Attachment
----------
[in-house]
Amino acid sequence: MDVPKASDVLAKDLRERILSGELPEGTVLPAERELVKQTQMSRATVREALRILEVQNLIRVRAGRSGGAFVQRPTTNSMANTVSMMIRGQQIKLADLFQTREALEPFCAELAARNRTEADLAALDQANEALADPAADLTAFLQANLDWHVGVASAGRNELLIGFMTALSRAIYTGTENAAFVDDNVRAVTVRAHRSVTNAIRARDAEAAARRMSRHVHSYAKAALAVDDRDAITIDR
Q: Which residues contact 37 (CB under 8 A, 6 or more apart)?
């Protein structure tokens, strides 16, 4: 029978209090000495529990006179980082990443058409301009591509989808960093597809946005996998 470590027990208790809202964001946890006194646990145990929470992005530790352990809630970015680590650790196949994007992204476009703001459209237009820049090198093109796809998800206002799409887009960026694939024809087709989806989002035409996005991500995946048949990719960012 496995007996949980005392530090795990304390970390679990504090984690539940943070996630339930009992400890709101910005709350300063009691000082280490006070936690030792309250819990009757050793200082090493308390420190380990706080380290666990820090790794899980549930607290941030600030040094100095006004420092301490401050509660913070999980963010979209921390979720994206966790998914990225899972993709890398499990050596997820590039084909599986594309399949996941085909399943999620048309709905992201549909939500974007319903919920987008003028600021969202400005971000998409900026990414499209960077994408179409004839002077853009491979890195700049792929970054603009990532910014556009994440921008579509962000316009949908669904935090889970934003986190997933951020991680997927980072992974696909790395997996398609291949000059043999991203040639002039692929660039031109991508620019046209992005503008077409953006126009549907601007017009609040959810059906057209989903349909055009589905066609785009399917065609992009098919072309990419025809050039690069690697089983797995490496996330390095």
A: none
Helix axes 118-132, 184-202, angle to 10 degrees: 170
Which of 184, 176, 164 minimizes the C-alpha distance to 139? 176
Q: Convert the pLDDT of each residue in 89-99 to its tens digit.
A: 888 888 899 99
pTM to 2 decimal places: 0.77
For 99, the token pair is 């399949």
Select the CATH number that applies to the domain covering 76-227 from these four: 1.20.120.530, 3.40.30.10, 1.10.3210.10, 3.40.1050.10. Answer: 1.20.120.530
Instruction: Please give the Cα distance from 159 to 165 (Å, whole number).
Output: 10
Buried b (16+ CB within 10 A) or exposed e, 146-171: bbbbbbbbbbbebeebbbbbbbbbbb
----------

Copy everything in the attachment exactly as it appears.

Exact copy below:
[in-house]
Amino acid sequence: MDVPKASDVLAKDLRERILSGELPEGTVLPAERELVKQTQMSRATVREALRILEVQNLIRVRAGRSGGAFVQRPTTNSMANTVSMMIRGQQIKLADLFQTREALEPFCAELAARNRTEADLAALDQANEALADPAADLTAFLQANLDWHVGVASAGRNELLIGFMTALSRAIYTGTENAAFVDDNVRAVTVRAHRSVTNAIRARDAEAAARRMSRHVHSYAKAALAVDDRDAITIDR
Q: Which residues contact 37 (CB under 8 A, 6 or more apart)?
């Protein structure tokens, strides 16, 4: 029978209090000495529990006179980082990443058409301009591509989808960093597809946005996998 470590027990208790809202964001946890006194646990145990929470992005530790352990809630970015680590650790196949994007992204476009703001459209237009820049090198093109796809998800206002799409887009960026694939024809087709989806989002035409996005991500995946048949990719960012 496995007996949980005392530090795990304390970390679990504090984690539940943070996630339930009992400890709101910005709350300063009691000082280490006070936690030792309250819990009757050793200082090493308390420190380990706080380290666990820090790794899980549930607290941030600030040094100095006004420092301490401050509660913070999980963010979209921390979720994206966790998914990225899972993709890398499990050596997820590039084909599986594309399949996941085909399943999620048309709905992201549909939500974007319903919920987008003028600021969202400005971000998409900026990414499209960077994408179409004839002077853009491979890195700049792929970054603009990532910014556009994440921008579509962000316009949908669904935090889970934003986190997933951020991680997927980072992974696909790395997996398609291949000059043999991203040639002039692929660039031109991508620019046209992005503008077409953006126009549907601007017009609040959810059906057209989903349909055009589905066609785009399917065609992009098919072309990419025809050039690069690697089983797995490496996330390095």
A: none
Helix axes 118-132, 184-202, angle to 10 degrees: 170
Which of 184, 176, 164 minimizes the C-alpha distance to 139? 176
Q: Convert the pLDDT of each residue in 89-99 to its tens digit.
A: 888 888 899 99
pTM to 2 decimal places: 0.77
For 99, the token pair is 């399949």
Select the CATH number that applies to the domain covering 76-227 from these four: 1.20.120.530, 3.40.30.10, 1.10.3210.10, 3.40.1050.10. Answer: 1.20.120.530
Instruction: Please give the Cα distance from 159 to 165 (Å, whole number).
Output: 10
Buried b (16+ CB within 10 A) or exposed e, 146-171: bbbbbbbbbbbebeebbbbbbbbbbb